Columbia University leaders face scrutiny over anti-Semitism on campus | Education News


Leaders from Columbia University have appeared before a committee in the United States Congress to face questions about alleged instances of anti-Semitism on campus.

The hearing was a sequel of sorts to a similar panel held in December, featuring the presidents of Harvard, the University of Pennsylvania and the Massachusetts Institute of Technology (MIT).

But on Wednesday, Columbia University President Nemat “Minouche” Shafik sought to avoid the same pitfalls that made the previous hearing go viral.

She pledged firm action to combat anti-Semitism, even engaging in discussions about specific Columbia professors and disciplinary measures during the hearing.

“We have already suspended 15 students from Columbia. We have six on disciplinary probation,” Shafik said, laying out her actions before the Committee on Education and the Workforce, part of the House of Representatives.

“These are more disciplinary actions that have been taken probably in the last decade at Columbia. And I promise you, from the messages I’m hearing from students, they are getting the message that violations of our policies will have consequences.”

Still, Republicans on the committee sought to hold Columbia University to account for what they considered failures since the start of the war in Gaza on October 7.

On that date, the Palestinian group Hamas attacked southern Israel, killing upwards of 1,000 people. In the subsequent war, Israeli attacks in Gaza killed more than 33,800 Palestinians, prompting widespread protest.

Like many college campuses, Columbia University has been a centre for student activism in the months since, with demonstrators rallying both in support of the war and against it.

But the university has drawn particular scrutiny, given its prominence as a prestigious Ivy League school and its attempts to crack down on unauthorised gatherings.

Some critics have argued that the suspension of pro-Palestinian students and groups has put a damper on free speech on campus, while others allege the administration has allowed a hostile atmosphere to thrive.

Nemat Shafik speaks at a congressional hearing.
The president of Columbia University, Nemat Shafik, speaks before the House Education and the Workforce Committee on April 17 [Ken Cedeno/Reuters]

Partisan divide over campus activity

Committee chair Virginia Foxx opened Wednesday’s hearing with a statement championing the view that campus administrators have failed to create a safe learning environment for Jewish students.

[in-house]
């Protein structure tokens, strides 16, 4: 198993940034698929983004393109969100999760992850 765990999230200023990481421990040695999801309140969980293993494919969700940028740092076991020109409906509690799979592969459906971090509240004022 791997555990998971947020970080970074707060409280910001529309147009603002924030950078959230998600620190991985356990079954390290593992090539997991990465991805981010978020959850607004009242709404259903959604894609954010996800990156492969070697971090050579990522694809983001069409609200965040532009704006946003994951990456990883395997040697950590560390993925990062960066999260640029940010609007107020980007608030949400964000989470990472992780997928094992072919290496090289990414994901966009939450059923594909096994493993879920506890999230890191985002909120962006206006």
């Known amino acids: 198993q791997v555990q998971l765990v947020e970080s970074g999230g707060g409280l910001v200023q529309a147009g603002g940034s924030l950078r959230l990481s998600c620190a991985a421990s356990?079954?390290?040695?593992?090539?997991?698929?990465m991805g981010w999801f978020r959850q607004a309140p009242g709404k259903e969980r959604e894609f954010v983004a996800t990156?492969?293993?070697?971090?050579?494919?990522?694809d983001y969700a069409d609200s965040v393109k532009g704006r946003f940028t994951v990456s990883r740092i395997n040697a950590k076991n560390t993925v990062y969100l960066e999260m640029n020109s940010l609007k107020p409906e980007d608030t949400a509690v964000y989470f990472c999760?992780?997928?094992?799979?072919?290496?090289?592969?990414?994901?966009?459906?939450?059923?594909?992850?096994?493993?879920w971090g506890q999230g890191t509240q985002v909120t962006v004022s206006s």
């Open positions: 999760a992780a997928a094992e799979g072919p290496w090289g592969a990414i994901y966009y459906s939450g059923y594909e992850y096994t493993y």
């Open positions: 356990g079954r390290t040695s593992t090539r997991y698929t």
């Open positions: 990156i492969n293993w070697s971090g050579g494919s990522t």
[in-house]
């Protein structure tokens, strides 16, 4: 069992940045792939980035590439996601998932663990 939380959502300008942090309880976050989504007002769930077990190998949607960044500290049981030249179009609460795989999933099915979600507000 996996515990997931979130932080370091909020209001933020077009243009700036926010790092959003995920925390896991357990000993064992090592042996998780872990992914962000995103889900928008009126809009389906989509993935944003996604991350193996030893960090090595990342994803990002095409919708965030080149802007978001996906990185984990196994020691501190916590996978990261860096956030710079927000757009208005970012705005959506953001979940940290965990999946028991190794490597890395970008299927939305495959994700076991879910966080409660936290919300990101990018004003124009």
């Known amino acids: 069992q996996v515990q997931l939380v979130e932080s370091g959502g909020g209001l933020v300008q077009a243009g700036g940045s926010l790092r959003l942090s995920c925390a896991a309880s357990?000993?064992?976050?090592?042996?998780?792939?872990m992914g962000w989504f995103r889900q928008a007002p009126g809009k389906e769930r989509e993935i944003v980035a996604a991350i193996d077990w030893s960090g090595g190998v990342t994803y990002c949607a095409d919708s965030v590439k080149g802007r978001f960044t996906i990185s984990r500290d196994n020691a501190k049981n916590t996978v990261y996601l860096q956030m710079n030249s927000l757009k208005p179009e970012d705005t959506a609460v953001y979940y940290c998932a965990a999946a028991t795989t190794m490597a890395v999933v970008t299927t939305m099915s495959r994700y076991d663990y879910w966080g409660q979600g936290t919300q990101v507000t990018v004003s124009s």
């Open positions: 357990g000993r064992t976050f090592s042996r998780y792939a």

She pointed to pro-Palestinian activism as evidence that Columbia and other campuses “have erupted into hotbeds of anti-Semitism and hate”.

“Columbia stands guilty of gross negligence at best — and at worst has become a platform for those supporting terrorism and violence against the Jewish people,” she said in prepared remarks.

Her statement referenced an incident on October 11 when an Israeli student was allegedly beaten with a stick while hanging posters of the captives taken by Hamas.

But at several points during the hearing, representatives took to the microphone to point out that anti-Semitism was part of a wider problem of discrimination and hate in the US.

“Anti-Semitism is not the only form of hatred rising in our schools. It’s not the only form of hatred that is impacting our children’s or students’ ability to learn,” Representative Teresa Leger Fernandez, a Democrat, said from her seat on the committee.

“Islamophobia and hate crimes against LGBTQ students have also recently spiked. They’ve led to deaths by suicide, harassment. But this committee has not held a single hearing on these issues.”

Meanwhile, Representative Ilhan Omar, a prominent progressive voice in the House, sought to dispel any conflation of antiwar protests with anti-Jewish hate.

“Have you seen a protest saying, ‘We are against Jewish people’?” Omar asked Columbia President Shafik, who answered, “No.”

Omar continued by highlighting the case of pro-Palestinian students being sprayed with a foul-smelling chemical at Columbia and being “harassed and intimidated” in other instances.

“There has been a recent attack on the democratic rights of students across the country,” she said.

Virginia Foxx speaks from the podium at a congressional hearing.
Committee Chair Virginia Foxx led the hearing called ‘Columbia in Crisis: Columbia University’s Response to Antisemitism’ on April 17 [Jose Luis Magana/AP Photo]

Controversy looms over hearing

Shafik sought to walk a fine line during the hearing, pledging swift and decisive action against anti-Semitism while underscoring her campus’s commitment to free speech.

She was joined by Claire Shipman and David Greenwald, from Columbia’s board of trustees, as well as David Schizer, a member of the campus task force against anti-Semitism.